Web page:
vehicles. Wilson provided a statement to the police, in which he stated that before the accident his speed was 45 miles per hour. The speed limit on the road where the accident occurred was 55 mph. At the time of impact, the air bag in Wilson’s car deployed. Neither Wilson nor his two passengers were injured in the collision.

{¶ 4} The police were called to the scene of the accident, and Bailey wrote on her witness statement that her left arm was sore. Bailey told the officer she did not want an EMS called. The officer testified that Bailey told him that her right arm was sore. Four days after the accident, Bailey visited her family primary care physician complaining of soreness in both knees, her right shoulder, hip, and chest from the accident. Pain medication was prescribed and she was told to call if it did not get better. Bailey returned to her primary care physician about two weeks later, complaining that her shoulder pain from the accident was still painful. She was then sent for an MRI of her shoulder. The MRI was conducted, and the report contained the following findings and conclusions:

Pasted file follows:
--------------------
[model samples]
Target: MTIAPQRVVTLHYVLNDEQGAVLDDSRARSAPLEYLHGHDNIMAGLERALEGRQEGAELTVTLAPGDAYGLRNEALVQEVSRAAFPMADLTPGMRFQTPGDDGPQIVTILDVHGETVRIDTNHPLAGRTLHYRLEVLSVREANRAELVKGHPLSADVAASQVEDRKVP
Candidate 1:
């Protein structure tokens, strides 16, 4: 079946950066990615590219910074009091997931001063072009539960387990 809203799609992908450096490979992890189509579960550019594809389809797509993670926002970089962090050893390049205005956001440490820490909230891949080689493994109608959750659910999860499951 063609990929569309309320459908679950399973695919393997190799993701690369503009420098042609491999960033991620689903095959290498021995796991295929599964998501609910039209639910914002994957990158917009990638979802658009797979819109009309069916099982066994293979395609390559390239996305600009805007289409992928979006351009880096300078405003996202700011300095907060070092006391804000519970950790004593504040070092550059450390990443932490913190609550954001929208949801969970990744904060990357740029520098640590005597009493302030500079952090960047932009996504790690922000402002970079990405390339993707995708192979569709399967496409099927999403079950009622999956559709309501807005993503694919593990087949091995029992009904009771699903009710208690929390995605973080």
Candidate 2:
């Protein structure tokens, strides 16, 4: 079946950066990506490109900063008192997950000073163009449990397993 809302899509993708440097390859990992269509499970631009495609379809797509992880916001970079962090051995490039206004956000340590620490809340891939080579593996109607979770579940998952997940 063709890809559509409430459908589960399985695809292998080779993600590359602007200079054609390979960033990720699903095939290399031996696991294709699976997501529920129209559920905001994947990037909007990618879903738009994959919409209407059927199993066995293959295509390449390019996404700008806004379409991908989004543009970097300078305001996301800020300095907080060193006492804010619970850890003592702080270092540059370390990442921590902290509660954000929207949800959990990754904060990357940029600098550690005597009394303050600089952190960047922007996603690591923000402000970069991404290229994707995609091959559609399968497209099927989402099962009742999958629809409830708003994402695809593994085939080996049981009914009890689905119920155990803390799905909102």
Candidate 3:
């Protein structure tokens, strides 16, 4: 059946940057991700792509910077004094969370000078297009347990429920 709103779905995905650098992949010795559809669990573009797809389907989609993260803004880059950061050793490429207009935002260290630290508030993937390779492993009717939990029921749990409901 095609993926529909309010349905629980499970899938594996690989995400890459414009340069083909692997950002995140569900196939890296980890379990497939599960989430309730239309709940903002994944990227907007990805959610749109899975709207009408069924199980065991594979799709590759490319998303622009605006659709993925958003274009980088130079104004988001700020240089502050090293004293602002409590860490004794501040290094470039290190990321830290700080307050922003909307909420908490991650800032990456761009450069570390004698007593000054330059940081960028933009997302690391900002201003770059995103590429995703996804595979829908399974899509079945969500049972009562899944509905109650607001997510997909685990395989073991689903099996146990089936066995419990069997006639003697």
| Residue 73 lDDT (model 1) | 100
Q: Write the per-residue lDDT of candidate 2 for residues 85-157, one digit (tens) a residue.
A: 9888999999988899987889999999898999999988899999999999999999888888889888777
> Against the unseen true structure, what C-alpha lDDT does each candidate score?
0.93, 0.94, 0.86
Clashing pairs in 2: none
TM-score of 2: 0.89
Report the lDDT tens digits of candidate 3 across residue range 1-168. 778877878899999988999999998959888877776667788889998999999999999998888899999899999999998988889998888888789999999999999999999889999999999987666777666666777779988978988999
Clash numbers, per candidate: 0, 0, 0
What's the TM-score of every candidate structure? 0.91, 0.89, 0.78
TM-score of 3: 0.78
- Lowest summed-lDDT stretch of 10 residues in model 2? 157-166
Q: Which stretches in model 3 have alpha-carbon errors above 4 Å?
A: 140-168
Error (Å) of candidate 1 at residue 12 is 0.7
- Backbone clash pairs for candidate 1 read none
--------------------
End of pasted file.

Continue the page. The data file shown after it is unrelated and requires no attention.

FIINDINGS: The humeral head is well rounded and in good position. Marrow signal intensity is heterogeneous but normal. The glenoid labrum, and long head of the biceps tendon are intact. Subscapularis tendon is intact. There is moderate degenerative change in the AC joint with smooth hypertrophy which causes impingement. There is increased signal intensity within the rotator cuff tendon with a small full-thickness tear at the insertion anteriorly. There is a small amount of liquid in the subdeltoid bursa.

CONCLUSION: Degenerative changes in the AC joint with hypertrophy causing impingement. Rotator cuff tendinopathy with a full-thickness tear peripherally.


Exhibit 11 to Trial Transcript.

{¶ 5} Bailey was referred to an orthopedist, who recommended surgery for a torn rotator cuff, with an estimated cost of $16,000. At the time of the accident, Bailey was uninsured and could not afford the surgery. At the time of trial, Bailey had not yet had the rotator cuff surgery and was still experiencing shoulder pain. Bailey reported to her doctors that she had not experienced any shoulder problems before the car accident.

II. The Course of Proceedings